International Self-Care Day with Spiritual Care Providers, Grygoriy Chorniy & Mary Ann Blaksley
July 24 is International Self-Care Day, a day to remind yourself how important it is to take some “me time.” With the ongoing challenges of the pandemic, self-care has become more essential than ever, yet many have neglected to incorporate it into their daily routines. As Spiritual Care Providers, Grygoriy Chorniy and Mary Ann Blaksley witness first-hand the emotional and physical effects caused by a lack of self-care. Today, they shed insight on the necessity of making it a part of daily life.
Why is self-care important?
Self-care accumulates with time and is not always as obvious as back pain or a sore throat. Individuals tend to focus their attention on others rather than themselves, which hinders their ability to recognize when they are working themselves too hard and need a break. Taking time away from friends, family, and technological devices creates more focus on the body and the mind, which is necessary to regenerate and be with others in a healthy manner. Simply put: “In case of an emergency on a plane, the first thing they tell you is to put your oxygen first, then help others. Unless you replenish your oxygen, you are incapable of helping anyone else.”
What are the largest warning signs that someone requires self-care?
The largest warning sign is when others begin telling someone that they look tired, exhausted, and not like themselves. Internally, we may know that this is true, but a majority of people neglect to accept it. The body is like a machine, and when its engine burns out, it sends signals and disconnects at different levels. Ignoring these signals creates problems later on.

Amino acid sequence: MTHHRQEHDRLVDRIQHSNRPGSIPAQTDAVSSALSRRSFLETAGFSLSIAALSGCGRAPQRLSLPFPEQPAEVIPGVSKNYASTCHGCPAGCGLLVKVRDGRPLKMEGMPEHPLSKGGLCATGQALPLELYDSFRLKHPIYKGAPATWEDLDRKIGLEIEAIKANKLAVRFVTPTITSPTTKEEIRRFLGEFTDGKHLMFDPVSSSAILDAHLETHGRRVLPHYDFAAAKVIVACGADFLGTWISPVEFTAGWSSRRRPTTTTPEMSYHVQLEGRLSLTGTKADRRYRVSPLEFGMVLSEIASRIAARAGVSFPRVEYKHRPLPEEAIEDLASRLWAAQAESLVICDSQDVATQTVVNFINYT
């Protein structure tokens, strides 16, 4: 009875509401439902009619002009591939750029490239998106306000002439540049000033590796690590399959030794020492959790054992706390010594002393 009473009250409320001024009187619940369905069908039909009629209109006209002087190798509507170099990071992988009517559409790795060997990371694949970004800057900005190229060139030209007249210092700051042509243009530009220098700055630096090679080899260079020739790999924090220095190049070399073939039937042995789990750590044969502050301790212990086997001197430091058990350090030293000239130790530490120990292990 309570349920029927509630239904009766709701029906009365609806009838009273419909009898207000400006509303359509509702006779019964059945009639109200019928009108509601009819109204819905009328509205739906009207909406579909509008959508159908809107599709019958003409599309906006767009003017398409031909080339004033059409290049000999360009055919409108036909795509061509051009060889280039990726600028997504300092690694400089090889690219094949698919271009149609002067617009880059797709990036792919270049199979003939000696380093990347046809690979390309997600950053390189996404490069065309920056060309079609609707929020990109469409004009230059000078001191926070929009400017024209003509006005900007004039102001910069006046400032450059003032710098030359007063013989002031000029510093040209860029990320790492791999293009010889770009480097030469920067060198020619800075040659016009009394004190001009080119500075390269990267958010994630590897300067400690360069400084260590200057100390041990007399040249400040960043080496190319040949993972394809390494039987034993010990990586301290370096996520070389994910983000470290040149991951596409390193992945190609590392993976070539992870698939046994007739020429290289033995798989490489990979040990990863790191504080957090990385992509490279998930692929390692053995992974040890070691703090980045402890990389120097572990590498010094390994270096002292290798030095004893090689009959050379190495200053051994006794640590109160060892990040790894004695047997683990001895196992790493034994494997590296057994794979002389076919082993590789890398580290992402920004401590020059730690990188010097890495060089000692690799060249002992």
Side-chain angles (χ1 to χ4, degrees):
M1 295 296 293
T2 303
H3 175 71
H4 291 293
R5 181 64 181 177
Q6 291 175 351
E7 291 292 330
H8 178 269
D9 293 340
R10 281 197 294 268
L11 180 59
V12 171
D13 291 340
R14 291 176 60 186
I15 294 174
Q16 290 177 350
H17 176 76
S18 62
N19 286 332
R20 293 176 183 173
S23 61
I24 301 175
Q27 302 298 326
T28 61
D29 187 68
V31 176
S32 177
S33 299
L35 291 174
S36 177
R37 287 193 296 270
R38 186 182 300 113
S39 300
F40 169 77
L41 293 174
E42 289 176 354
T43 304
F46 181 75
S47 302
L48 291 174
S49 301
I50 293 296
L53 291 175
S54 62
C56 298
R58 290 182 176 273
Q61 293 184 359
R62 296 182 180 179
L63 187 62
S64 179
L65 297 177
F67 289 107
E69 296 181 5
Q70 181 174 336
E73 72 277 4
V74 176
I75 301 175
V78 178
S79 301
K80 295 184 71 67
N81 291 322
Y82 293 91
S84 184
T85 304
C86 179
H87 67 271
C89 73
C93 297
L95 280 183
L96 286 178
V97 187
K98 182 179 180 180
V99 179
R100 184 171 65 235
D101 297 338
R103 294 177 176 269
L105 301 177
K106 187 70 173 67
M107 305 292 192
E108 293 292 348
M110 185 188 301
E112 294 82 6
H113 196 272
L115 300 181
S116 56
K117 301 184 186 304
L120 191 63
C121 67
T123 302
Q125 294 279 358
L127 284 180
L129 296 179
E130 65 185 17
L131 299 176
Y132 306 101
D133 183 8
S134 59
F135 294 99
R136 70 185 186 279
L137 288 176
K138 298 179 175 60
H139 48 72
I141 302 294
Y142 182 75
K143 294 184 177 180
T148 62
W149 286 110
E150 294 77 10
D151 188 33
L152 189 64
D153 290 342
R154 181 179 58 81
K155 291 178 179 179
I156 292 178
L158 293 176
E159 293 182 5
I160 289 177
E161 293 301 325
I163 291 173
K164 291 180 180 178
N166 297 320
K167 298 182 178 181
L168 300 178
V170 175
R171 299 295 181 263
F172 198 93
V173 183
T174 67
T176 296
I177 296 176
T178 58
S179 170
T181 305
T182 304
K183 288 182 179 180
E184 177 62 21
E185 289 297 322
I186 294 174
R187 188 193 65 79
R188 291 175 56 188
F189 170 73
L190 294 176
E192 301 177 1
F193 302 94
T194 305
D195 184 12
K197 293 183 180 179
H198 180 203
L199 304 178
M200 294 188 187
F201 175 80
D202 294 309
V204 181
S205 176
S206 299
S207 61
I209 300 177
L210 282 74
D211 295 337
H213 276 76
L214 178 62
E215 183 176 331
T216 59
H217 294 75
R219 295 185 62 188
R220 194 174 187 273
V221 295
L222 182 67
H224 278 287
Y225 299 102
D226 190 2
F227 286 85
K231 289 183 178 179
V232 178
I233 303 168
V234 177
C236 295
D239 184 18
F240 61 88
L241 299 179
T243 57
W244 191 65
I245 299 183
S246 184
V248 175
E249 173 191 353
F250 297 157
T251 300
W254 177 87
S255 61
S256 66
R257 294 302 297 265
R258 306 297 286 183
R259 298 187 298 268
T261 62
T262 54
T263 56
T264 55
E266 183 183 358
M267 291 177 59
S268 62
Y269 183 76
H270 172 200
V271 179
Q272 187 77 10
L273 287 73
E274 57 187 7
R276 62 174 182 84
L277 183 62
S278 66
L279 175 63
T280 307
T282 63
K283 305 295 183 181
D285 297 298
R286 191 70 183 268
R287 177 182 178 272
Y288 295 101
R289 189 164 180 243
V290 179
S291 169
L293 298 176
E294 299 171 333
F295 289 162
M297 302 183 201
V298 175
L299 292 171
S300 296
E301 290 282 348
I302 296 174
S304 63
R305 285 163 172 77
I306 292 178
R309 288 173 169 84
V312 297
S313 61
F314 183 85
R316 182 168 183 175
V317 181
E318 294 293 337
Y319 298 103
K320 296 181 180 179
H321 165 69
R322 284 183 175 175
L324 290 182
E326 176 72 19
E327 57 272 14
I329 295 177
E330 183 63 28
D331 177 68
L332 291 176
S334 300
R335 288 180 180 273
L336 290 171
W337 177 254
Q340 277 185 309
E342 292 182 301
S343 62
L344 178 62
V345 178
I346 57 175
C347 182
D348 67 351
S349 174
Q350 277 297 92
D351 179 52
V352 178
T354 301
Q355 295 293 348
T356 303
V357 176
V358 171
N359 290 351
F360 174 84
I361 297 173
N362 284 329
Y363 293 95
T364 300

How has COVID-19 affected the ability to achieve self-care?
Achieving self-care throughout the pandemic has been much more challenging. Fear of bringing the virus home to loved ones has led to many taking on extra shifts. This leads to more work and less rest, along with a greater disregard for the warning signs the body sends. For some people, self-care may also require a change of location and scenery. They enjoy taking time off and going on vacation, but the pandemic has greatly limited their ability to do so. While self-care is still possible, COVID has made it drastically harder.
What are the steps required to practice self-care?
- Recognize that you may be overworked and give yourself permission to become attentive to what you need.
- Assess what is best for your mind and body and construct a plan on how to achieve it:
- Reach out to others
- Enjoy nature
- Seek out reliable resources
- Schedule a trip or time away
- Connect with religion and places of worship
- Have the courage to act on your plan and remove the barrier between recognizing the need for self-care and actually achieving it.
- Balance your “to-do list” moving forward to avoid being overwhelmed.
Any additional advice?
Each day, take a moment to list what went right throughout the day, as well as what you have to be thankful for. By doing so, you begin to realize that your stressors are much less than your thanksgiving.